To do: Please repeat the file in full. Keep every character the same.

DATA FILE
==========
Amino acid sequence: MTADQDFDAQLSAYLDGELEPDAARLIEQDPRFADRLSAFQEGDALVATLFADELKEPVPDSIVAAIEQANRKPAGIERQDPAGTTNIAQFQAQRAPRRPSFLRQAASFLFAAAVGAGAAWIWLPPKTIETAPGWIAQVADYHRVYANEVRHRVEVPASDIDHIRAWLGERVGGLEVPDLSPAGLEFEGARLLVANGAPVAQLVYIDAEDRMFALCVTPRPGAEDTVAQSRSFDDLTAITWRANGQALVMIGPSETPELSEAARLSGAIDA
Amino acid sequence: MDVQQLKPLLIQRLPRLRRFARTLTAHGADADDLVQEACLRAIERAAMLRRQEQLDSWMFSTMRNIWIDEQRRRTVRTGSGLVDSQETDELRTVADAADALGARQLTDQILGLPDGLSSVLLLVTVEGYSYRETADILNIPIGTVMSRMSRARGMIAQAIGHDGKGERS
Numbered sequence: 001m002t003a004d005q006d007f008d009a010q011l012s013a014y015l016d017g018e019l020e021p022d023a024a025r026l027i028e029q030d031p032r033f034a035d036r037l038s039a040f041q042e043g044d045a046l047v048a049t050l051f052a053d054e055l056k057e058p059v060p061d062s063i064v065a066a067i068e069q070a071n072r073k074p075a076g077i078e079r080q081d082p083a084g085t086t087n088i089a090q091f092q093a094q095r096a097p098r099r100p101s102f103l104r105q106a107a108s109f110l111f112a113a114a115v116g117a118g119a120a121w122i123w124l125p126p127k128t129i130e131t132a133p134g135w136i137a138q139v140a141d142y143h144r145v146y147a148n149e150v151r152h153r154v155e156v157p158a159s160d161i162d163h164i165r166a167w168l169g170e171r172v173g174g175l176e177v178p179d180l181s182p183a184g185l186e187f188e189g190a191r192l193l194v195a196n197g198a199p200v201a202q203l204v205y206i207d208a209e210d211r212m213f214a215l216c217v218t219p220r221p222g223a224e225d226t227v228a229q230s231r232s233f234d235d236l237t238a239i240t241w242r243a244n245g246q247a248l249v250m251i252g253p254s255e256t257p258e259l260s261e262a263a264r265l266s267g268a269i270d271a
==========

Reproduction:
Amino acid sequence: MTADQDFDAQLSAYLDGELEPDAARLIEQDPRFADRLSAFQEGDALVATLFADELKEPVPDSIVAAIEQANRKPAGIERQDPAGTTNIAQFQAQRAPRRPSFLRQAASFLFAAAVGAGAAWIWLPPKTIETAPGWIAQVADYHRVYANEVRHRVEVPASDIDHIRAWLGERVGGLEVPDLSPAGLEFEGARLLVANGAPVAQLVYIDAEDRMFALCVTPRPGAEDTVAQSRSFDDLTAITWRANGQALVMIGPSETPELSEAARLSGAIDA
Amino acid sequence: MDVQQLKPLLIQRLPRLRRFARTLTAHGADADDLVQEACLRAIERAAMLRRQEQLDSWMFSTMRNIWIDEQRRRTVRTGSGLVDSQETDELRTVADAADALGARQLTDQILGLPDGLSSVLLLVTVEGYSYRETADILNIPIGTVMSRMSRARGMIAQAIGHDGKGERS
Numbered sequence: 001m002t003a004d005q006d007f008d009a010q011l012s013a014y015l016d017g018e019l020e021p022d023a024a025r026l027i028e029q030d031p032r033f034a035d036r037l038s039a040f041q042e043g044d045a046l047v048a049t050l051f052a053d054e055l056k057e058p059v060p061d062s063i064v065a066a067i068e069q070a071n072r073k074p075a076g077i078e079r080q081d082p083a084g085t086t087n088i089a090q091f092q093a094q095r096a097p098r099r100p101s102f103l104r105q106a107a108s109f110l111f112a113a114a115v116g117a118g119a120a121w122i123w124l125p126p127k128t129i130e131t132a133p134g135w136i137a138q139v140a141d142y143h144r145v146y147a148n149e150v151r152h153r154v155e156v157p158a159s160d161i162d163h164i165r166a167w168l169g170e171r172v173g174g175l176e177v178p179d180l181s182p183a184g185l186e187f188e189g190a191r192l193l194v195a196n197g198a199p200v201a202q203l204v205y206i207d208a209e210d211r212m213f214a215l216c217v218t219p220r221p222g223a224e225d226t227v228a229q230s231r232s233f234d235d236l237t238a239i240t241w242r243a244n245g246q247a248l249v250m251i252g253p254s255e256t257p258e259l260s261e262a263a264r265l266s267g268a269i270d271a